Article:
We are proposing a new rule, rule 203A-5, which would require each investment adviser registered with us on July 21, 2011 to file an amendment to its Form ADV no later than August 20, 2011, 30 days after the July 21, 2011 effective date of the amendments to section 203A, and to report the market value of its assets under management determined within 30 days of the filing.[16] This filing would be the first step by which an adviser no longer eligible for Commission registration would transition to State registration. It would require each investment adviser to determine whether it meets the revised eligibility criteria for Commission registration, and would provide the Commission and the State regulatory authorities with information necessary to identify those advisers required to transition to State registration and to understand the reason for the transition or basis for continued Commission registration.[17] An adviser no longer eligible for Commission registration would have to withdraw its Commission registration by filing Form ADV-W no later than October 19, 2011 (60 days after the required refiling of Form ADV).[18] We would expect to cancel the registration of advisers that fail to file an amendment or withdraw their registrations in accordance with the rule.[19] Finally, the proposed rule would permit us to postpone the effectiveness of, and impose additional terms and conditions on, an adviser's withdrawal from SEC registration if we institute certain proceedings before the adviser files Form ADV-W.[20]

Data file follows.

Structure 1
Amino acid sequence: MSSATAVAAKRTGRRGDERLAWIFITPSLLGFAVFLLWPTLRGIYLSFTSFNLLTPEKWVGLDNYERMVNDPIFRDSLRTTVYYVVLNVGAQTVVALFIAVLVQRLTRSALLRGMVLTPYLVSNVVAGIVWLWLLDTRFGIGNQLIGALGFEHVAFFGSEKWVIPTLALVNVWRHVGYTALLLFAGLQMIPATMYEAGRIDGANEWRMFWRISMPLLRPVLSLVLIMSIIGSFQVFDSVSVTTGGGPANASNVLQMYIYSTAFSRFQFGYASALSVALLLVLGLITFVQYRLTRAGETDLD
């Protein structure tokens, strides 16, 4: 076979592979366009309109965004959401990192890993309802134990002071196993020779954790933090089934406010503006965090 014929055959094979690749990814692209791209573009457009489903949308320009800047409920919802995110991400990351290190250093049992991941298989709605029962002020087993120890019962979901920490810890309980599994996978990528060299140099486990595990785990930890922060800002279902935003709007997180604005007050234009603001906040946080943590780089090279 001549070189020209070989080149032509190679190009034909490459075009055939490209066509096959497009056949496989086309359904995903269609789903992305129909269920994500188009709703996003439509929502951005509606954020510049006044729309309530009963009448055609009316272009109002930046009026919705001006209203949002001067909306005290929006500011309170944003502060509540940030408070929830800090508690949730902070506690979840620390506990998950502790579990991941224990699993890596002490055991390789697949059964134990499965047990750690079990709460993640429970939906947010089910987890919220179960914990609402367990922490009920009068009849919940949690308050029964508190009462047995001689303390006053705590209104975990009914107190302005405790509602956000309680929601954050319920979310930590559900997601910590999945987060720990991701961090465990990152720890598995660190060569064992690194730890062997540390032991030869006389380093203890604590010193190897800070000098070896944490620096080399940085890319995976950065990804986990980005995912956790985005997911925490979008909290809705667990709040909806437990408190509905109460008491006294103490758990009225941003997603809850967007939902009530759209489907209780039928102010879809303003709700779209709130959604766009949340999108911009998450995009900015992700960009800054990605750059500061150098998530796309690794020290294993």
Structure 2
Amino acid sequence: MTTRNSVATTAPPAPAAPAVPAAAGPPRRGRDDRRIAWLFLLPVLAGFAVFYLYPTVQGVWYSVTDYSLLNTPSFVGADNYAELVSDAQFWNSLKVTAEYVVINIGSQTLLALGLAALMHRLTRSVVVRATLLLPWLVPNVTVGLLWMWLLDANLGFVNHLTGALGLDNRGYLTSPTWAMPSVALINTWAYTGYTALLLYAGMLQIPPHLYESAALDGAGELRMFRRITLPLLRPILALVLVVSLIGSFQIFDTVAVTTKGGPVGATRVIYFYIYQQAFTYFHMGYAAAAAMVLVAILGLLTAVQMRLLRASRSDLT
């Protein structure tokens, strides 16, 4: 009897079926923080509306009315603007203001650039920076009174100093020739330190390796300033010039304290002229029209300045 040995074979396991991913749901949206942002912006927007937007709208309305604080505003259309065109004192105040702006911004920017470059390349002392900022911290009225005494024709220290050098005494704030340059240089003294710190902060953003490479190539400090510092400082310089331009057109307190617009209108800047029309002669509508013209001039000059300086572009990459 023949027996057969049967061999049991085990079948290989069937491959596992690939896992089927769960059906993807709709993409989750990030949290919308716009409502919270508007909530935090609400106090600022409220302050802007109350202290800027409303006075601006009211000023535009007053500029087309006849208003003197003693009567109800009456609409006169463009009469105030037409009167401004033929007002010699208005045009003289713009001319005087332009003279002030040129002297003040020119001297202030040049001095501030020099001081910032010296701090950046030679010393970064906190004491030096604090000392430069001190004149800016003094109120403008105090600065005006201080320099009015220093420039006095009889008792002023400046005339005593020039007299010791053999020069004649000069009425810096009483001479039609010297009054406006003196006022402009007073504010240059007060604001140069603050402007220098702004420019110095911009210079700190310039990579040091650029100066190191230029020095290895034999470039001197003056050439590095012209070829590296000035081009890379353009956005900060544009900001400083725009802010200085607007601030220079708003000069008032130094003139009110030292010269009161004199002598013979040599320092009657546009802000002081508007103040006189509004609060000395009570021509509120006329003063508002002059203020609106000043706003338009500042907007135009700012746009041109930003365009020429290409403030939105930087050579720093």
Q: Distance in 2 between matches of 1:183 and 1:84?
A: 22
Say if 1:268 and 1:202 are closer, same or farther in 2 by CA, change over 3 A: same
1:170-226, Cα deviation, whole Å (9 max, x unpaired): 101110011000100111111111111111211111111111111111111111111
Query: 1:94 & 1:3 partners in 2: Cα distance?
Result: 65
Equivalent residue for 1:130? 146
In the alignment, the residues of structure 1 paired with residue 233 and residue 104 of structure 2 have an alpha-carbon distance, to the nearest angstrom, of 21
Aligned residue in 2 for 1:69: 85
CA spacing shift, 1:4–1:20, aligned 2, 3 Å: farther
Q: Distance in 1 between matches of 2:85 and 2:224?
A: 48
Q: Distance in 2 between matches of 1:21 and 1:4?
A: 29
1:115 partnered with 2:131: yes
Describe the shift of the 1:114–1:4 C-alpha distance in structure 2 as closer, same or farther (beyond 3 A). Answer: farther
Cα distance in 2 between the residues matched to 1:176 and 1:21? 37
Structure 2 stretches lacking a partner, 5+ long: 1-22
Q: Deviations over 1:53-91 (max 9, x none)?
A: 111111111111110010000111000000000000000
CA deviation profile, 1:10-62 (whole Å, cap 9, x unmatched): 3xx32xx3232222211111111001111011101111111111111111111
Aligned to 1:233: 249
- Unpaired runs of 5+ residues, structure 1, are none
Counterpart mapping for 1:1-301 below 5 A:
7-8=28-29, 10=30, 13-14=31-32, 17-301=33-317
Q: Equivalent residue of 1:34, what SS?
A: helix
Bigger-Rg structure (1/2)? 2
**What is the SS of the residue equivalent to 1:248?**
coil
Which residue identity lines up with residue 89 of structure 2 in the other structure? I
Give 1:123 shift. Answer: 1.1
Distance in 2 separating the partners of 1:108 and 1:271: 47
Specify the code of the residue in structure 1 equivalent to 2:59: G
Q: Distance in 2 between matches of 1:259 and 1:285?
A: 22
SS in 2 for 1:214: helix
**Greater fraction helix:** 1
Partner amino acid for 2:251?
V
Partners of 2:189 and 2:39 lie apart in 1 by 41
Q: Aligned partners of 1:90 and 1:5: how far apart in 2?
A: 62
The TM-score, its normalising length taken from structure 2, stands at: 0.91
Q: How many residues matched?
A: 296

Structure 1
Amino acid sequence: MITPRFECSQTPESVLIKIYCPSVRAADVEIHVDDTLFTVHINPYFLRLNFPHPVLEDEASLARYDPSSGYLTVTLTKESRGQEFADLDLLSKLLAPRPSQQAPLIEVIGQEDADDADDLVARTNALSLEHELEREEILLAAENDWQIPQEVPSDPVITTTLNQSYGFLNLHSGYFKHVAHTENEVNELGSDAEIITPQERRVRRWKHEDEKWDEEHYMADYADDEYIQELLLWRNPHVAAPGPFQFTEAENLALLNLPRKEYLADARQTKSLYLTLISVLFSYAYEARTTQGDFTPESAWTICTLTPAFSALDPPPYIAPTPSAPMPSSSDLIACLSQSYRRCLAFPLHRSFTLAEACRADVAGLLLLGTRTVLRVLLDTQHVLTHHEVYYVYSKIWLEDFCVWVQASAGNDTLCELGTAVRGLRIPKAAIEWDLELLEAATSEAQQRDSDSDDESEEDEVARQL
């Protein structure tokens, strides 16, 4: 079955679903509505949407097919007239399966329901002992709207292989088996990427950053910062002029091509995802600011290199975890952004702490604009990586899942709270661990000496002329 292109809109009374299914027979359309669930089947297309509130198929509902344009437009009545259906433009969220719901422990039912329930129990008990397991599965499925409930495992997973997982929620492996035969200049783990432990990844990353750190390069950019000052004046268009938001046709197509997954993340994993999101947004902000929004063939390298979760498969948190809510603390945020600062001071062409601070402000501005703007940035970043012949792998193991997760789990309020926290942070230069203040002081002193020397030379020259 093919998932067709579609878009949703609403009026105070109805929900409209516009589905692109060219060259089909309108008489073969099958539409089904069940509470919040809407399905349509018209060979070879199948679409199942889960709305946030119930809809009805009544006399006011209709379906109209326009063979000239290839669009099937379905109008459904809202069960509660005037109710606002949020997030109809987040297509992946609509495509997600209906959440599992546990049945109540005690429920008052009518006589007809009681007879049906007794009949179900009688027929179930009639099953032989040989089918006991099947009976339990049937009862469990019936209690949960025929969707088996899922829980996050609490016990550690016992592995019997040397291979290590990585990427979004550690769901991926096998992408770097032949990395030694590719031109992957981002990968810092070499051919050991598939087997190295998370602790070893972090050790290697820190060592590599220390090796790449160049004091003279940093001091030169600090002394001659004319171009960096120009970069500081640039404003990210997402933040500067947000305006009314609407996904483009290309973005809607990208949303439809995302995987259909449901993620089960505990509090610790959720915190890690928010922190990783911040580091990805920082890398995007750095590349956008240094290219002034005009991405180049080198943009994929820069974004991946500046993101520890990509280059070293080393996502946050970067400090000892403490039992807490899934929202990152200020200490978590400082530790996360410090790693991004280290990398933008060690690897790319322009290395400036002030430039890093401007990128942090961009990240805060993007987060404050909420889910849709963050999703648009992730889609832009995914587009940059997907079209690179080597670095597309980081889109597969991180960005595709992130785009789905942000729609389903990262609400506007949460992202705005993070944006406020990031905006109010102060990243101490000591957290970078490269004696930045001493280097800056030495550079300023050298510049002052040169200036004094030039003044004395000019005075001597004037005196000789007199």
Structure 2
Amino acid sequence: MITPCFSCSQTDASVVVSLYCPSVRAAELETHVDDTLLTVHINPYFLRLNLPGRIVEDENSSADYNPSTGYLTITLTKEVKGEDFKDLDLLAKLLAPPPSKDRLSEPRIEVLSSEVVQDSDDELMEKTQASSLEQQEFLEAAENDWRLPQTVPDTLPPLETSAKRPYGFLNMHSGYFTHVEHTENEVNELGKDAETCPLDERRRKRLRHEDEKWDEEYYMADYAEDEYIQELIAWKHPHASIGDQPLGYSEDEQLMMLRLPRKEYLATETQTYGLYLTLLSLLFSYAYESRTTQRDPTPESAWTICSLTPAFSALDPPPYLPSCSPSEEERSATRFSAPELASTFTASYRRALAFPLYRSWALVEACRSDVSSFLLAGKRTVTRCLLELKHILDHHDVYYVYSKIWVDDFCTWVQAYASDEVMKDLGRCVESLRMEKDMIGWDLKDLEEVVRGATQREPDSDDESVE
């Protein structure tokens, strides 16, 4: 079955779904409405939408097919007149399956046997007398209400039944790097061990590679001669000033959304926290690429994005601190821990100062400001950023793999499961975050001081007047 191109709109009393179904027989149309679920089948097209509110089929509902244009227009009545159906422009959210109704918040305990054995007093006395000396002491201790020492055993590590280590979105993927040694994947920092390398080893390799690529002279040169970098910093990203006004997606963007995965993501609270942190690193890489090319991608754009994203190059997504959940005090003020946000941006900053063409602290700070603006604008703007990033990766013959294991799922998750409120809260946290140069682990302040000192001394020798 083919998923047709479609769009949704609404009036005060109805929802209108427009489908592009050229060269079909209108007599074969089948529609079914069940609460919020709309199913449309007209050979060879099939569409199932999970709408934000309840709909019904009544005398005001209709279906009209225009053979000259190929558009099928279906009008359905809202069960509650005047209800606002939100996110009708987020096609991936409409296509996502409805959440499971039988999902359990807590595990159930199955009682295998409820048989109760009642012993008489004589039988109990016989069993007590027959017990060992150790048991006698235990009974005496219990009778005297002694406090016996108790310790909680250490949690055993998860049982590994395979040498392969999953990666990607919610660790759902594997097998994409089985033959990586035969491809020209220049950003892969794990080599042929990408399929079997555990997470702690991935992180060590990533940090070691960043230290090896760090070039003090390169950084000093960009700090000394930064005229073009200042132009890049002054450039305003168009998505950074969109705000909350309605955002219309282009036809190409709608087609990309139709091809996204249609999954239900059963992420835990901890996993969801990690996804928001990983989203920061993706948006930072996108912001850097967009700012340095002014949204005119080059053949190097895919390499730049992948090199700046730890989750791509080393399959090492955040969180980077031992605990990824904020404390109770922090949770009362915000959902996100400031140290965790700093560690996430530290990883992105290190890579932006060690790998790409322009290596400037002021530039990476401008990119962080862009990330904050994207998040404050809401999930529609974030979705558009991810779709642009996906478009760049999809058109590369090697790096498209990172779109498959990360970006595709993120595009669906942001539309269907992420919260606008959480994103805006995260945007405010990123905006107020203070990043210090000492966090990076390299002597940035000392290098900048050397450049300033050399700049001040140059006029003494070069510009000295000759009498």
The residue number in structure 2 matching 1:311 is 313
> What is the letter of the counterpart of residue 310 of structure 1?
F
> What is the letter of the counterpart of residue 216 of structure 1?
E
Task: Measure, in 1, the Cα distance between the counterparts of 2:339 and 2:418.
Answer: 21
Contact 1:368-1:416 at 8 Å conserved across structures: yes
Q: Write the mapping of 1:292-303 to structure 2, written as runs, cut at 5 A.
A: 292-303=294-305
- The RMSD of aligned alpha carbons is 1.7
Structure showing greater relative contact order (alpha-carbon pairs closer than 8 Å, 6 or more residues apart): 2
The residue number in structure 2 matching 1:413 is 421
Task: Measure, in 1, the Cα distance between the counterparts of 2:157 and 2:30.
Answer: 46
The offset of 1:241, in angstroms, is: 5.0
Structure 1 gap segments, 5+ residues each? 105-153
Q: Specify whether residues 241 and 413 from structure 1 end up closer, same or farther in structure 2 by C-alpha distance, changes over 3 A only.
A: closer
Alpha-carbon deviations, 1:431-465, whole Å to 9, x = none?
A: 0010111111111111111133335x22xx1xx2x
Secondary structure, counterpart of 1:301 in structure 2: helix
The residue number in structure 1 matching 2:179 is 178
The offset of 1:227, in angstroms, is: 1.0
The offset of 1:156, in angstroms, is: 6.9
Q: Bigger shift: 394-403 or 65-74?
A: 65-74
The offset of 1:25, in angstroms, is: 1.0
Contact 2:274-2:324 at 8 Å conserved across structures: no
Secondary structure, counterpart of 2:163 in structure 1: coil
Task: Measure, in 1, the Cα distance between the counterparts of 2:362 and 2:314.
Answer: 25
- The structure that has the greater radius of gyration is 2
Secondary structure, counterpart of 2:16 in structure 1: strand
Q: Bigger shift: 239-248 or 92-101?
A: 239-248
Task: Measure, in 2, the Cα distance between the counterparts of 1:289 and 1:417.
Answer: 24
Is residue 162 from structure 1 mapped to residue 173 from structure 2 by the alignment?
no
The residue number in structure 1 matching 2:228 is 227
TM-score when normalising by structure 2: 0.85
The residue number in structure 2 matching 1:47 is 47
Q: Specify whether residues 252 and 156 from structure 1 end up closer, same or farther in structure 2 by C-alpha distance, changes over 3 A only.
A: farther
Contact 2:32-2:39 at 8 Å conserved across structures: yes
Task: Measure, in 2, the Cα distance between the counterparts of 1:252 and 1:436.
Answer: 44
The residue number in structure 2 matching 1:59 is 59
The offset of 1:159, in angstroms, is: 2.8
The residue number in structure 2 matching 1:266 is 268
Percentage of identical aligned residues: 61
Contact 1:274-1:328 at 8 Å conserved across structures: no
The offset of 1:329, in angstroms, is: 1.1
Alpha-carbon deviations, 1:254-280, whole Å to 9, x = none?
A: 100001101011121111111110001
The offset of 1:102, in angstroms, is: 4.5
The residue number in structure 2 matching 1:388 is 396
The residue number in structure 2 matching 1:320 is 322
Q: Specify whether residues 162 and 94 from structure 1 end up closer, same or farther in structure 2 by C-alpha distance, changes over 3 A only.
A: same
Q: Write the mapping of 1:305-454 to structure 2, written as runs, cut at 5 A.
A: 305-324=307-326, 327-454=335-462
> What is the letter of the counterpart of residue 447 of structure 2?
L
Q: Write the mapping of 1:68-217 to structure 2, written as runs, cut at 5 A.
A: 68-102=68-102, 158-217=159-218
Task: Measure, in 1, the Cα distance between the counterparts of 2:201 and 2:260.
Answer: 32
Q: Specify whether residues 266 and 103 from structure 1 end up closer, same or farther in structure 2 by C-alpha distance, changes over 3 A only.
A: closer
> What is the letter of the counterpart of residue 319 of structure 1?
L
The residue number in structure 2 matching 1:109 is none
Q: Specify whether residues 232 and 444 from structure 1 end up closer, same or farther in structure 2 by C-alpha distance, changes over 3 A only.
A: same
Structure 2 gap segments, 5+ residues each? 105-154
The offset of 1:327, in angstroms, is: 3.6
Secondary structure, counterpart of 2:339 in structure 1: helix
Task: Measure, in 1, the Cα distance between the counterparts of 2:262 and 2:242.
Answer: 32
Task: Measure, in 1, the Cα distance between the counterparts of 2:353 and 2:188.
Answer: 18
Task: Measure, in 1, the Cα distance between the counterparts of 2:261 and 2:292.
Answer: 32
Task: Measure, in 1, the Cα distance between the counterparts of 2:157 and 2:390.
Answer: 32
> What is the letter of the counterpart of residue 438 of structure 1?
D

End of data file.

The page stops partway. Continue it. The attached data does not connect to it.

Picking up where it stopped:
We propose to use our exemptive authority under section 203A(c) [21] to provide for a transitional process with two “grace periods,” the first providing 30 days from the July 21, 2011 effective date of the Dodd-Frank Act for an adviser to determine whether it is eligible for Commission registration and to file an amended Form ADV, and the second providing an additional 60 days (following the end of the first 30-day period) for an adviser to register in the states and to arrange for its associated persons to qualify for investment adviser representative registration, which may include preparing for and passing an examination, before withdrawing from Commission registration.[22] We are proposing a 90-day transition process, which is shorter than the 180-day transition period that our rules currently provide for advisers switching from SEC to State registration, in order to promptly implement this Congressional mandate and accommodate the processing of renewals and fees for State registration and licensing via the IARD system, while allowing for an orderly transition.[23]